With this concluding remark of the editor of THE OUTLOOK we certainly agree. But we hasten to call his attention to the fact that this situation in the Christian Reformed Church is already hopeless, unless that church retract a previous decision. We do not know what the synod of that church will decide this year. But, what difference does it really make? Did not the Christian Reformed Church already decide some years ago that when a person divorces his (or her) mate on biblical or unbiblical ground, remarries, then confesses his (or her)’ sin of remarriage, such an one may continue in his (or her) remarriage? This is the bad decision that must be changed. And we do not believe that it will ever be changed. O, yes, now a committee will advise the synod to the effect that many divorces will rest on biblical grounds. We say to the editor of THE OUTLOOK: why try now to lock the door of the barn? The horse is already out of the barn. 

O, the editor may wish that this synod will not adopt this advice of the committee. And, this advice is surely contrary to the Word of God. He is also glad that Dr. William Hendriksen will be a delegate to this synod. But, the Christian Reformed Church must repent of that previous decision.


In the Banner of May 7, 1976, pages 10 and 11, appear two short articles as news items, which we would pass on to our readers. They are entitled: Church Union in Holland (I) and Church Union in Holland (II). The first article reads as follows:

A program of cooperation between the Reformed Churches in the Netherlands (GKN) and the Netherlands Reformed Church (NHK) seems to be running smoothly. This effort at increased unity, call “Samen op Weg” (Underway Together), includes a combined meeting of the synods of both churches for the second time, to take place on September 17 and 18 of 1976. 

On the agenda will be the confession of the church, cooperation on the local level, and questions of church order raised by such cooperation. Committees of both churches working on the mandate hope to involve local congregations of the two churches in this action. The two denominations are by far the largest on the Protestant scene in the low countries.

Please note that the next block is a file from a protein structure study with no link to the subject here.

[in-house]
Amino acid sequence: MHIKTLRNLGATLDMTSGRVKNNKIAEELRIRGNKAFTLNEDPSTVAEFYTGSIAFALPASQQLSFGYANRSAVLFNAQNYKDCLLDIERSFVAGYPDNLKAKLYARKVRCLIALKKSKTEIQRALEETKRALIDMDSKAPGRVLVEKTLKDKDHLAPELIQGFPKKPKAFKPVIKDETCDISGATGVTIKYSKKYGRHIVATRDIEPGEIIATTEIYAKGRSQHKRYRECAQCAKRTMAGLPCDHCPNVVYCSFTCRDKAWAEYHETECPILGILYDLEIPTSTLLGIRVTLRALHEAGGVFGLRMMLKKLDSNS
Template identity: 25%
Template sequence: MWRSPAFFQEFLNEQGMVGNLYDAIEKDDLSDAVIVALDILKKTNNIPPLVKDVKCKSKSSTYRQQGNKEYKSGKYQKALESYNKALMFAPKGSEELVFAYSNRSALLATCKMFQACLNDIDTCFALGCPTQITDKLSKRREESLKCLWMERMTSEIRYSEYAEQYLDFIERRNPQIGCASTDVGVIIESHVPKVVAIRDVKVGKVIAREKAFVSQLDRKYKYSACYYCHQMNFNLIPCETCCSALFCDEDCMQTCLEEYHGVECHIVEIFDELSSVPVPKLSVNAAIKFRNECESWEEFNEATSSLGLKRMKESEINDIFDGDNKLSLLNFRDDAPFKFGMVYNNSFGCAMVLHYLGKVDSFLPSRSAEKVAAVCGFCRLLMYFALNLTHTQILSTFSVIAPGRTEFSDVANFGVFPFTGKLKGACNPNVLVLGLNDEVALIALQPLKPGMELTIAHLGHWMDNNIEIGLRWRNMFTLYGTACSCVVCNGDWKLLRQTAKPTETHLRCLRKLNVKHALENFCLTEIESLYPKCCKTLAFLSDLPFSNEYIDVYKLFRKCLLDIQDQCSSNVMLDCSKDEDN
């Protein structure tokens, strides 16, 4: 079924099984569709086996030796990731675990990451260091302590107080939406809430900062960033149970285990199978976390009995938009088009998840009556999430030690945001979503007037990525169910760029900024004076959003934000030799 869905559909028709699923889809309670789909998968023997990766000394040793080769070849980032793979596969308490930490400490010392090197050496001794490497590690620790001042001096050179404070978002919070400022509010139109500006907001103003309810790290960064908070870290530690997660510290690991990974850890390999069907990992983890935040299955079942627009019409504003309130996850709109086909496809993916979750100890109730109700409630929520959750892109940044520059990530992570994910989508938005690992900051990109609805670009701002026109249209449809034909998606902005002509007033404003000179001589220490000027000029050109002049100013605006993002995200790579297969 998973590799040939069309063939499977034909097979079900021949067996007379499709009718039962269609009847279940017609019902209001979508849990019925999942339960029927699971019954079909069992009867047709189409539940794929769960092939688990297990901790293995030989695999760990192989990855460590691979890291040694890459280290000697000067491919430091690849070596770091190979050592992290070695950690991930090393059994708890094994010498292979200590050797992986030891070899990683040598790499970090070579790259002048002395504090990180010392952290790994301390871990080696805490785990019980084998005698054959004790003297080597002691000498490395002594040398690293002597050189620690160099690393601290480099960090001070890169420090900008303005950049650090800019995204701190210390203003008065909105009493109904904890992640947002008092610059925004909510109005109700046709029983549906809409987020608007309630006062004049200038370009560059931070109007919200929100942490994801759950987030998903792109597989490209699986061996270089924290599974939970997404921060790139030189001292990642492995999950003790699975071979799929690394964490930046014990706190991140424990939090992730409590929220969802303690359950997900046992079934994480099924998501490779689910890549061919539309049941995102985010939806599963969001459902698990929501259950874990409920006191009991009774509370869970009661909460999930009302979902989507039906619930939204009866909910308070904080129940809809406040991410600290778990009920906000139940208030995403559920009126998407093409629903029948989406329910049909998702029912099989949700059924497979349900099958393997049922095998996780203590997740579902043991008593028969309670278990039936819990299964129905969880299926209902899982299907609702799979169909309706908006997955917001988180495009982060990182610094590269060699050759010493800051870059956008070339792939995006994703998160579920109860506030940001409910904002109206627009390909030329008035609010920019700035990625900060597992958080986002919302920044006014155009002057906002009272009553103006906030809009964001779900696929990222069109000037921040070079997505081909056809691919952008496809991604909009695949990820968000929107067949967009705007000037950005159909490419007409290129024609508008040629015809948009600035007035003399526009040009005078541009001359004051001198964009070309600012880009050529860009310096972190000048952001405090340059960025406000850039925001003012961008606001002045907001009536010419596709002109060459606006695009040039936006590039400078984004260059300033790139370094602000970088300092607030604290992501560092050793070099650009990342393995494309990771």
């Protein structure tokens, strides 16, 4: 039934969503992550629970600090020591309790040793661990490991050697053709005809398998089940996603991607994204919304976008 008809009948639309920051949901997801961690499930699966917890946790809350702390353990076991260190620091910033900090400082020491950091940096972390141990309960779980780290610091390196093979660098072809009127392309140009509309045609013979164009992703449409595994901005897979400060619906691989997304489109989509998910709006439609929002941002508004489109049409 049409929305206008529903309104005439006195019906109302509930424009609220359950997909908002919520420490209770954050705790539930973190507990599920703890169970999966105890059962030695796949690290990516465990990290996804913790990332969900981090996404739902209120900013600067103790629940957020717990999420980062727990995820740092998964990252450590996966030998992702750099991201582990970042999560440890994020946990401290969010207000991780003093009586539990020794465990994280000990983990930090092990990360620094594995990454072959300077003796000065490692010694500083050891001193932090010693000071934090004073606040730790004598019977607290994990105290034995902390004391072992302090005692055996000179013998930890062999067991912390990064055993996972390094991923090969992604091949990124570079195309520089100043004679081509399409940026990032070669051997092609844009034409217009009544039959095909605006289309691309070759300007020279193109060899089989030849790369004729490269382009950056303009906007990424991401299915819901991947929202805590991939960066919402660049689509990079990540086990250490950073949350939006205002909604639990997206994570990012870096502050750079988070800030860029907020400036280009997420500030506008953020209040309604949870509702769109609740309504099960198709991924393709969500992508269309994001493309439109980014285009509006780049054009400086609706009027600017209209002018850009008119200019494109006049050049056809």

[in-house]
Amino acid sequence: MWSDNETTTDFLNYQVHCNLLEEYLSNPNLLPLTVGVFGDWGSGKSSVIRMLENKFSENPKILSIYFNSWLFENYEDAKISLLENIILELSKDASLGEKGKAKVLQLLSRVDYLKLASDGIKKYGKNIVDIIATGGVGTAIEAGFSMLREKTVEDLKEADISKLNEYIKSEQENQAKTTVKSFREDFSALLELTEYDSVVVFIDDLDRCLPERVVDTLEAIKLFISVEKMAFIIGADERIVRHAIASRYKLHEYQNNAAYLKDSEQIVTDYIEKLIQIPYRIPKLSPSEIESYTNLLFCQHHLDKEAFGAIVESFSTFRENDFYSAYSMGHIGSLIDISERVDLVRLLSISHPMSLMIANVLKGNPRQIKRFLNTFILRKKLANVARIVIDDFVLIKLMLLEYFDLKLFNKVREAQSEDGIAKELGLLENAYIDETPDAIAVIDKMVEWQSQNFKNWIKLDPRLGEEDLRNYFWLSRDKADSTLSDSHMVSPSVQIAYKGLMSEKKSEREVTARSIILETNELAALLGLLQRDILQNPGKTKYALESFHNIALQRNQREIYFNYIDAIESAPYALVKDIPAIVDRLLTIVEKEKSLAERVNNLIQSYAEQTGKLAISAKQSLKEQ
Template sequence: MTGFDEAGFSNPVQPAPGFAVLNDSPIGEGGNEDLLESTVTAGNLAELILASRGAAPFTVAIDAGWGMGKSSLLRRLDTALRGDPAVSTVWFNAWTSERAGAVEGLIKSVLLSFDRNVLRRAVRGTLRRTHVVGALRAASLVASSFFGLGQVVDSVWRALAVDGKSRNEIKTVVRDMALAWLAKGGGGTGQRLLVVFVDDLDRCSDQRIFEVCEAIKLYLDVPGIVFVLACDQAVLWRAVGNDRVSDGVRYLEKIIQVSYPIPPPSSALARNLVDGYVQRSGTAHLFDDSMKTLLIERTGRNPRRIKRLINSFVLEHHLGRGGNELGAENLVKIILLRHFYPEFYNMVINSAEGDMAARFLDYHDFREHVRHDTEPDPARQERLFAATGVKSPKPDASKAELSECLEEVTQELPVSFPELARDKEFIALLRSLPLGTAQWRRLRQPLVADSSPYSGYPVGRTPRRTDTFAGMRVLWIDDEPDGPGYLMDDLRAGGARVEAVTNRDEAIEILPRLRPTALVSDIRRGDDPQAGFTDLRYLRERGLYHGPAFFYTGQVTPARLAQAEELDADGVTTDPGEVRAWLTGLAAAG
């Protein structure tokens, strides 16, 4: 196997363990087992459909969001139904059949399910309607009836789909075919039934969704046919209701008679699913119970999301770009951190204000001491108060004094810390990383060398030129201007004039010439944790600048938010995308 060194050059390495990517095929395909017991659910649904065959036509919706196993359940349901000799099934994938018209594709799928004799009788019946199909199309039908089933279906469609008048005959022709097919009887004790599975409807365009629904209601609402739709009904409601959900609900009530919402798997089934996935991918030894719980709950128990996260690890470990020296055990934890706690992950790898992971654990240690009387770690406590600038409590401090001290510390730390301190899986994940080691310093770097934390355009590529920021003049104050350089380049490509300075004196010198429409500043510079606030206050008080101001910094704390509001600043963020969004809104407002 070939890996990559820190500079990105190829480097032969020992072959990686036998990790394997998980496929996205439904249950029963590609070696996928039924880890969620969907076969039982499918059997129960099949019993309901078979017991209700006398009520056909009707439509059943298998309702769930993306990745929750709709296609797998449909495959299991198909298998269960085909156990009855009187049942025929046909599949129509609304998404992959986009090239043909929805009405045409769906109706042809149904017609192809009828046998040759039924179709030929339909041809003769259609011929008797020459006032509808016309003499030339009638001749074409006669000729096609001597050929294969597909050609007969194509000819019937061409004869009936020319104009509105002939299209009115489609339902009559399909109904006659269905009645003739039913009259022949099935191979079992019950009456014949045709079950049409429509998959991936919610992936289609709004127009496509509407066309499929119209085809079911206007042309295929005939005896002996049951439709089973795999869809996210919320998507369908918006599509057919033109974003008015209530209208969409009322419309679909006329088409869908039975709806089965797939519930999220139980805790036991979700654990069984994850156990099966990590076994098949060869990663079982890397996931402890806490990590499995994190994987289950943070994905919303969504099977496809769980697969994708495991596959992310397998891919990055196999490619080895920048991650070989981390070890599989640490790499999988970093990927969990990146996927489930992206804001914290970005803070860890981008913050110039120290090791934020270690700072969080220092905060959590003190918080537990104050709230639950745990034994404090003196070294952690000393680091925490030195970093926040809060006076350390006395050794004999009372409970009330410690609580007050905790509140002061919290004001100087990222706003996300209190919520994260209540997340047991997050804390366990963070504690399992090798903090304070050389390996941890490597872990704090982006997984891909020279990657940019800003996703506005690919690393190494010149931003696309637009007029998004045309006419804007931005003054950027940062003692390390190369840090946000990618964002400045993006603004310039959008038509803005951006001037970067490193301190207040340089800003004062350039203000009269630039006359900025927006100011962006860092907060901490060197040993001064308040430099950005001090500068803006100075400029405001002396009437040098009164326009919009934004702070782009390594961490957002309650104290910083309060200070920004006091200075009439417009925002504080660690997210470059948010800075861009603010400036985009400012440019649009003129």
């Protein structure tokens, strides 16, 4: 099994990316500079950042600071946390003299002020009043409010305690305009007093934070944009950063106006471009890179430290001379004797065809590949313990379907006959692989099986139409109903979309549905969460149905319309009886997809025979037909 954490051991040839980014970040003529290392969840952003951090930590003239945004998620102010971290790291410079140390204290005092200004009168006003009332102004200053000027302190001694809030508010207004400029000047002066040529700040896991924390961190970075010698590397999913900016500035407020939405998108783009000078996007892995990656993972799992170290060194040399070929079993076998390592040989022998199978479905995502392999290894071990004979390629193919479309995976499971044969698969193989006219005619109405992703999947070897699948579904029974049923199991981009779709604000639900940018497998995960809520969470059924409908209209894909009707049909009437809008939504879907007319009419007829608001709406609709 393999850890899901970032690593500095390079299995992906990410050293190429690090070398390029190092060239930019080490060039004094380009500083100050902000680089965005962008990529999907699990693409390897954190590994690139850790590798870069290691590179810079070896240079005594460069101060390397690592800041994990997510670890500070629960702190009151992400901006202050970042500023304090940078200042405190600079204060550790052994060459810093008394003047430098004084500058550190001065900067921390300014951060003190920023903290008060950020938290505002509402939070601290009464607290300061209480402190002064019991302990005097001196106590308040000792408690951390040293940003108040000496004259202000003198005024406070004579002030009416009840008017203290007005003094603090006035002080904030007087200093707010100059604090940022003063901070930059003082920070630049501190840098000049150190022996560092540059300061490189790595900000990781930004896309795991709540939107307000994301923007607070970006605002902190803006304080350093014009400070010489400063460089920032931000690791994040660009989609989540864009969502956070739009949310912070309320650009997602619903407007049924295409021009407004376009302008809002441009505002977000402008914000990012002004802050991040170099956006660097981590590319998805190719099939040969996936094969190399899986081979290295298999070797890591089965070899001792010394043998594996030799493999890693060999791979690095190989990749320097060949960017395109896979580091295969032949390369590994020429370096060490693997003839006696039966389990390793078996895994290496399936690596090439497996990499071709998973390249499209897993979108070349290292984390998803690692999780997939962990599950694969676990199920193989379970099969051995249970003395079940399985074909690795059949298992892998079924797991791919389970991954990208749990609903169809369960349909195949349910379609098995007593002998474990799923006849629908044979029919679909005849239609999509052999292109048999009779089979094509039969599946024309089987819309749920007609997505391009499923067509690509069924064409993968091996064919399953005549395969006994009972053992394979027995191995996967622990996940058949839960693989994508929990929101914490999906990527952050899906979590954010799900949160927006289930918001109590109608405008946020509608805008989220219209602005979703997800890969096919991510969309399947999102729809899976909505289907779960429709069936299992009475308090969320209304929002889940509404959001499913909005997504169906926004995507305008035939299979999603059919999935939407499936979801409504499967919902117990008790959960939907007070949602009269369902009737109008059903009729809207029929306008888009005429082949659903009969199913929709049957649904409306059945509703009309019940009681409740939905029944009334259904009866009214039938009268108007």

And the second article, which appears on page 10 and 11, is of a similar vein and reads as follows:

The Christian Reformed Churches in the Netherlands (CGKN) and the Reformed Churches (Liberated, Unaffiliated) of the Netherlands have issued a declaration that seems to have brought them one step closer toward unity. Far-reaching agreement was found to exist on the subject of the “appropriation of salvation,” involving questions such as rebirth, the experience of faith and conversion, the place of the covenant, and God’s promises in preaching. These issues have long separated the two churches. 

The discussions between the two churches date back to the mid-sixties when the one group disaffiliated itself from the Reformed Churches (Liberated). A recent recommendation from the synod of the “Unaffiliated” stated that since they have no seminary of their own, their future ministers should undertake their studies at the school of the Christian Reformed Churches in Apeldoorn.

The Christian Reformed Church in the Netherlands number 173 congregations and a total of 71,000 members, and the Reformed churches (liberated, Unaffiliated) have 95 congregations and 29,000 members.

So, the merging of churches continues. What is disturbing is that there is in neither report any confession of sin. Sin, of course, was the cause why these churches drifted away from each other. And we fear that if sin be not confessed, then these mergers will occur only at the expense of the truth.